1. 1. Bhatia M (2004) Apoptosis versus necrosis in acute pancreatitis. Am J Physiol Gastrointest Liver Physiol 286: G189–196.
  2. 2. Bhatia M, Wong FL, Cao Y, Lau HY, Huang J, et al. (2005) Pathophysiology of acute pancreatitis. Pancreatology 5: 132–144.
  3. 3. Gukovskaya AS, Gukovsky I, Jung Y, Mouria M, Pandol SJ (2002) Cholecystokinin induces caspase activation and mitochondrial dysfunction in pancreatic acinar cells. Roles in cell injury processes of pancreatitis. J Biol Chem 277: 22595–22604.
  4. 4. Criscimanna A, Speicher JA, Houshmand G, Shiota C, Prasadan K, et al.. (2011) Duct cells contribute to regeneration of endocrine and acinar cells following pancreatic damage in adult mice. Gastroenterology 141: : 1451–1462, 1462 e1451-1456.
  5. 5. Jensen JN, Cameron E, Garay MV, Starkey TW, Gianani R, et al. (2005) Recapitulation of elements of embryonic development in adult mouse pancreatic regeneration. Gastroenterology 128: 728–741.
  6. 6. Stanger BZ, Hebrok M (2013) Control of cell identity in pancreas development and regeneration. Gastroenterology 144: 1170–1179.
  7. 7. Rubin R, Strayer DS, Rubin E (2012) Rubin's pathology: clinicopathologic foundations of medicine. Philadelphia: Wolters Kluwer Health/Lippincott Williams & Wilkins. xiii, 1450 p.
  8. 8. Bockman DE (1997) Morphology of the exocrine pancreas related to pancreatitis. Microsc Res Tech 37: 509–519.
  9. 9. Gunduz-Demir C, Kandemir M, Tosun AB, Sokmensuer C (2010) Automatic segmentation of colon glands using object-graphs. Med Image Anal 14: 1–12.
  10. 10. Naik S, doyle S, Agner S, Madabhushi A, Feldman M, et al.. (2008) Automated gland and nuclei segmentation for grading of prostate and breast cancer histopathology. 2008 IEEE International Symposium on Biomedical Imaging: From Nano to Macro: 284–287.
  11. 11. Tosun AB, Gunduz-Demir C (2011) Graph run-length matrices for histopathological image segmentation. IEEE Trans Med Imaging 30: 721–732.
  12. 12. Deng Y, Manjunath BS (2001) Unsupervised segmentation of color-texture regions in images and video. IEEE transactions on pattern analysis and machine intelligence 23: 800–810.
  13. 13. Felzenszwalb PF, Huttenlocher DP (2004) Efficient graph-based image segmentation. International Journal of Computer Vision 59: 167–181.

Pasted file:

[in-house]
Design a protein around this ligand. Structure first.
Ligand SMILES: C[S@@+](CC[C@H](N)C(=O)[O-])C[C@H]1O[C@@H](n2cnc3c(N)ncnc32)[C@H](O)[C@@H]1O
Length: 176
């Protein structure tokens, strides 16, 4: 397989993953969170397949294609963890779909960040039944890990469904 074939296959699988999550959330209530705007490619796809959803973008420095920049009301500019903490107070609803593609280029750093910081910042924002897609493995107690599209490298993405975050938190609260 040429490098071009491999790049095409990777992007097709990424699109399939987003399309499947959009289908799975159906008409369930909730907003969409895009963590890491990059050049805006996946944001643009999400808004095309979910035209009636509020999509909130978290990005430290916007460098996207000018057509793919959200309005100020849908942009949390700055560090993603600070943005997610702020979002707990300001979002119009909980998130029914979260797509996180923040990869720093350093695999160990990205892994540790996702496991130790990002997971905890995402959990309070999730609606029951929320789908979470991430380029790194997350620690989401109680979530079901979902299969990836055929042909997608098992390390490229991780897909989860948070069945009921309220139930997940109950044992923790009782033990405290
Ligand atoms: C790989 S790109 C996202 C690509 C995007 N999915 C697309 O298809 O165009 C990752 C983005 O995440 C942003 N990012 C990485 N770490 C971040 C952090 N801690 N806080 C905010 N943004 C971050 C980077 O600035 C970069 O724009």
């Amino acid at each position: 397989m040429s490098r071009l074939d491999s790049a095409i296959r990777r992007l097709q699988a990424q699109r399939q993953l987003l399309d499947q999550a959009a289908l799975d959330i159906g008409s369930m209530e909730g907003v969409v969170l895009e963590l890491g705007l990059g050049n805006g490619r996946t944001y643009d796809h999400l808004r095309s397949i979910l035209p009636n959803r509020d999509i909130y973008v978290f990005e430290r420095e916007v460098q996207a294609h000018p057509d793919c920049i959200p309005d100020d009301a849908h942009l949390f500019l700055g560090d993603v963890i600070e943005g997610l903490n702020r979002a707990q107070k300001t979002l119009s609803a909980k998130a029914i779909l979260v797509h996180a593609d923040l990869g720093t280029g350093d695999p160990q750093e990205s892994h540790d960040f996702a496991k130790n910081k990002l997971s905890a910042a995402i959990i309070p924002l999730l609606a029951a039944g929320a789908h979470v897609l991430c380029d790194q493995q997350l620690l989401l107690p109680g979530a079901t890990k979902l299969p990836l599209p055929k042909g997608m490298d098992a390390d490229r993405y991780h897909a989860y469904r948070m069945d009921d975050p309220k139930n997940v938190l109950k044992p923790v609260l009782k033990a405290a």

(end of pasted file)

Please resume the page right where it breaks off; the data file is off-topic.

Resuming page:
14. 14. Chen C, Ozolek JA, Wang W, Rohde GK (2011) A general system for automatic biomedical image segmentation using intensity neighborhoods. Int J Biomed Imaging 2011: 606857.
  15. 15. Ross MH, Reith EJ (1985) Histology: a text and atlas. New York: Harper & Row. xvi, 766 p.
  16. 16. Chen C, Rohde GK (2013) A general system for supervised biomedical image segmentation [Thesis (PH D)]. Pittsburgh, Pa.: Carnegie Mellon University, Carnegie Mellon University, 2013. xvi, 104 p.
  17. 17. Mills SE (2007) Histology for pathologists. Philadelphia: Lippincott Williams & Wilkins. xi, 1272 p.
  18. 18. Sleisenger MH, Feldman M, Friedman LS, Brandt LJ (2010) Sleisenger and Fordtran's gastrointestinal and liver disease: pathophysiology, diagnosis, management. Philadelphia, PA: Saunders/Elsevier.
  19. 19. Saluja AK, Lerch MM, Phillips PA, Dudeja V (2007) Why does pancreatic overstimulation cause pancreatitis? Annu Rev Physiol 69: 249–269.
  20. 20. Lerch MM, Gorelick FS (2000) Early trypsinogen activation in acute pancreatitis. Med Clin North Am 84: : 549–563, viii.
  21. 21. Gaisano HY, Gorelick FS (2009) New insights into the mechanisms of pancreatitis. Gastroenterology 136: 2040–2044.
  22. 22. Satoh A, Gukovskaya AS, Nieto JM, Cheng JH, Gukovsky I, et al. (2004) PKC-delta and -epsilon regulate NF-kappaB activation induced by cholecystokinin and TNF-alpha in pancreatic acinar cells. Am J Physiol Gastrointest Liver Physiol 287: G582–591.
  23. 23. Bhatia M (2005) Inflammatory response on the pancreatic acinar cell injury. Scand J Surg 94: 97–102.
  24. 24. Hoque R, Sohail M, Malik A, Sarwar S, Luo Y, et al. (2011) TLR9 and the NLRP3 inflammasome link acinar cell death with inflammation in acute pancreatitis. Gastroenterology 141: 358–369.
  25. 25. Lerch MM, Lutz MP, Weidenbach H, Muller-Pillasch F, Gress TM, et al. (1997) Dissociation and reassembly of adherens junctions during experimental acute pancreatitis. Gastroenterology 113: 1355–1366.
  26. 26. Giger ML, Chan HP, Boone J (2008) Anniversary paper: History and status of CAD and quantitative image analysis: the role of Medical Physics and AAPM. Med Phys 35: 5799–5820.
  27. 27. Gurcan MN, Boucheron LE, Can A, Madabhushi A, Rajpoot NM, et al. (2009) Histopathological image analysis: a review. IEEE Rev Biomed Eng 2: 147–171.
  28. 28. Mendez AJ, Tahoces PG, Lado MJ, Souto M, Vidal JJ (1998) Computer-aided diagnosis: automatic detection of malignant masses in digitized mammograms. Med Phys 25: 957–964.
  29. 29. Coelho LP, Shariff A, Murphy RF (2009) Nuclear Segmentation in Microscope Cell Images: A Hand-Segmented Dataset and Comparison of Algorithms. Proc IEEE Int Symp Biomed Imaging 5193098: 518–521.
  30. 30. Veta M, van Diest PJ, Kornegoor R, Huisman A, Viergever MA, et al. (2013) Automatic nuclei segmentation in H&E stained breast cancer histopathology images. PLoS One 8: e70221.
  31. 31. Liu Y, Lin W, Yang X, Liang W, Zhang J, et al. (2014) Automatic Quantitative Analysis of Morphology of Apoptotic HL-60 Cells. EXCLI Journal 13: 19–27.
  32. 32. Desai BM, Oliver-Krasinski J, De Leon DD, Farzad C, Hong N, et al. (2007) Preexisting pancreatic acinar cells contribute to acinar cell, but not islet beta cell, regeneration. J Clin Invest 117: 971–977.
  33. 33. Morris JPt, Cano DA, Sekine S, Wang SC, Hebrok M (2010) Beta-catenin blocks Kras-dependent reprogramming of acini into pancreatic cancer precursor lesions in mice. J Clin Invest 120: 508–520.
  34. 34. Strobel O, Dor Y, Alsina J, Stirman A, Lauwers G, et al. (2007) In vivo lineage tracing defines the role of acinar-to-ductal transdifferentiation in inflammatory ductal metaplasia. Gastroenterology 133: 1999–2009.